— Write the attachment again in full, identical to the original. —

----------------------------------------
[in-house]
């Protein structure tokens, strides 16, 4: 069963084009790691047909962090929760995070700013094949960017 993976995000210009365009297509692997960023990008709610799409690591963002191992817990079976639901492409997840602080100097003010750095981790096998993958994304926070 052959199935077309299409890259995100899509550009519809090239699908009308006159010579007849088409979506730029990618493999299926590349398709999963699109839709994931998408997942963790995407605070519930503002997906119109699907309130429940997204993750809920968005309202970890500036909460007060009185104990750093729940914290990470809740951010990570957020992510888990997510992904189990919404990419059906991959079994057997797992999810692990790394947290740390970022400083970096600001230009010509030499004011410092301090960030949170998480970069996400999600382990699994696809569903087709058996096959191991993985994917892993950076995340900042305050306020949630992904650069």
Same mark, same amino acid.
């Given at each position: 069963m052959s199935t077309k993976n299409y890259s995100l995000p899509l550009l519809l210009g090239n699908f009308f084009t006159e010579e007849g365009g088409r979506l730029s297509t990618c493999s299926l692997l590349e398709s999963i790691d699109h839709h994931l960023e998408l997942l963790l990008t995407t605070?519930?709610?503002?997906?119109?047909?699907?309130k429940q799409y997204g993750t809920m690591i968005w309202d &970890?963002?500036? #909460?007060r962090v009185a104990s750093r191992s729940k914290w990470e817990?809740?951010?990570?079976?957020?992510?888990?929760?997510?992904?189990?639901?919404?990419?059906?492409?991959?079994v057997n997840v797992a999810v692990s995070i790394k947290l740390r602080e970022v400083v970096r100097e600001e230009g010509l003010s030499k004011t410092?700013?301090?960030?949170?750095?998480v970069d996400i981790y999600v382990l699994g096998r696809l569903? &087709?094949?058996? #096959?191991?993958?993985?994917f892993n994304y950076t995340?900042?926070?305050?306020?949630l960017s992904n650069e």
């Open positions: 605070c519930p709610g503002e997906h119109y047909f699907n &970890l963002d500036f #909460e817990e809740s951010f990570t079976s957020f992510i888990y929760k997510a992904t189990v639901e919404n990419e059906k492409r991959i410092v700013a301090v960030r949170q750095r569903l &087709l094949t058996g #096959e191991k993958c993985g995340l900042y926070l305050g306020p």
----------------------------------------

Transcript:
[in-house]
């Protein structure tokens, strides 16, 4: 069963084009790691047909962090929760995070700013094949960017 993976995000210009365009297509692997960023990008709610799409690591963002191992817990079976639901492409997840602080100097003010750095981790096998993958994304926070 052959199935077309299409890259995100899509550009519809090239699908009308006159010579007849088409979506730029990618493999299926590349398709999963699109839709994931998408997942963790995407605070519930503002997906119109699907309130429940997204993750809920968005309202970890500036909460007060009185104990750093729940914290990470809740951010990570957020992510888990997510992904189990919404990419059906991959079994057997797992999810692990790394947290740390970022400083970096600001230009010509030499004011410092301090960030949170998480970069996400999600382990699994696809569903087709058996096959191991993985994917892993950076995340900042305050306020949630992904650069």
Same mark, same amino acid.
């Given at each position: 069963m052959s199935t077309k993976n299409y890259s995100l995000p899509l550009l519809l210009g090239n699908f009308f084009t006159e010579e007849g365009g088409r979506l730029s297509t990618c493999s299926l692997l590349e398709s999963i790691d699109h839709h994931l960023e998408l997942l963790l990008t995407t605070?519930?709610?503002?997906?119109?047909?699907?309130k429940q799409y997204g993750t809920m690591i968005w309202d &970890?963002?500036? #909460?007060r962090v009185a104990s750093r191992s729940k914290w990470e817990?809740?951010?990570?079976?957020?992510?888990?929760?997510?992904?189990?639901?919404?990419?059906?492409?991959?079994v057997n997840v797992a999810v692990s995070i790394k947290l740390r602080e970022v400083v970096r100097e600001e230009g010509l003010s030499k004011t410092?700013?301090?960030?949170?750095?998480v970069d996400i981790y999600v382990l699994g096998r696809l569903? &087709?094949?058996? #096959?191991?993958?993985?994917f892993n994304y950076t995340?900042?926070?305050?306020?949630l960017s992904n650069e």
């Open positions: 605070c519930p709610g503002e997906h119109y047909f699907n &970890l963002d500036f #909460e817990e809740s951010f990570t079976s957020f992510i888990y929760k997510a992904t189990v639901e919404n990419e059906k492409r991959i410092v700013a301090v960030r949170q750095r569903l &087709l094949t058996g #096959e191991k993958c993985g995340l900042y926070l305050g306020p």